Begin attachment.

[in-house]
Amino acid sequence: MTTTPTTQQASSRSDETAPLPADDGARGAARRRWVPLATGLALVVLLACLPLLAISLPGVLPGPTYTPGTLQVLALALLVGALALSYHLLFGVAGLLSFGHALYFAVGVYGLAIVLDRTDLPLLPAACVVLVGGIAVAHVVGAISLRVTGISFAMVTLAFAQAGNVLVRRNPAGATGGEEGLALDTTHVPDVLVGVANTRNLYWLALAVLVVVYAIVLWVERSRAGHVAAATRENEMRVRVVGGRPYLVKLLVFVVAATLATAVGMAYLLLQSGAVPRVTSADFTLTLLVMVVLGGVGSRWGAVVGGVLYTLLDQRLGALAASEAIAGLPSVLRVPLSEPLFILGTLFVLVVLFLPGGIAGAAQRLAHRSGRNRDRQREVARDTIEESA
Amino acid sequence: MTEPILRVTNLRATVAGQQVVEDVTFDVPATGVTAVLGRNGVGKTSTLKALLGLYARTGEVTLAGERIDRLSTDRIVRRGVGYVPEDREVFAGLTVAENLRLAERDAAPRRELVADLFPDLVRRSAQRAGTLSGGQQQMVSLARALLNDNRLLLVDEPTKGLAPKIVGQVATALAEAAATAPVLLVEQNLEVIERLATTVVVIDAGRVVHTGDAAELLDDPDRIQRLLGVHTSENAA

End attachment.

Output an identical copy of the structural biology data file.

[in-house]
Amino acid sequence: MTTTPTTQQASSRSDETAPLPADDGARGAARRRWVPLATGLALVVLLACLPLLAISLPGVLPGPTYTPGTLQVLALALLVGALALSYHLLFGVAGLLSFGHALYFAVGVYGLAIVLDRTDLPLLPAACVVLVGGIAVAHVVGAISLRVTGISFAMVTLAFAQAGNVLVRRNPAGATGGEEGLALDTTHVPDVLVGVANTRNLYWLALAVLVVVYAIVLWVERSRAGHVAAATRENEMRVRVVGGRPYLVKLLVFVVAATLATAVGMAYLLLQSGAVPRVTSADFTLTLLVMVVLGGVGSRWGAVVGGVLYTLLDQRLGALAASEAIAGLPSVLRVPLSEPLFILGTLFVLVVLFLPGGIAGAAQRLAHRSGRNRDRQREVARDTIEESA
Amino acid sequence: MTEPILRVTNLRATVAGQQVVEDVTFDVPATGVTAVLGRNGVGKTSTLKALLGLYARTGEVTLAGERIDRLSTDRIVRRGVGYVPEDREVFAGLTVAENLRLAERDAAPRRELVADLFPDLVRRSAQRAGTLSGGQQQMVSLARALLNDNRLLLVDEPTKGLAPKIVGQVATALAEAAATAPVLLVEQNLEVIERLATTVVVIDAGRVVHTGDAAELLDDPDRIQRLLGVHTSENAA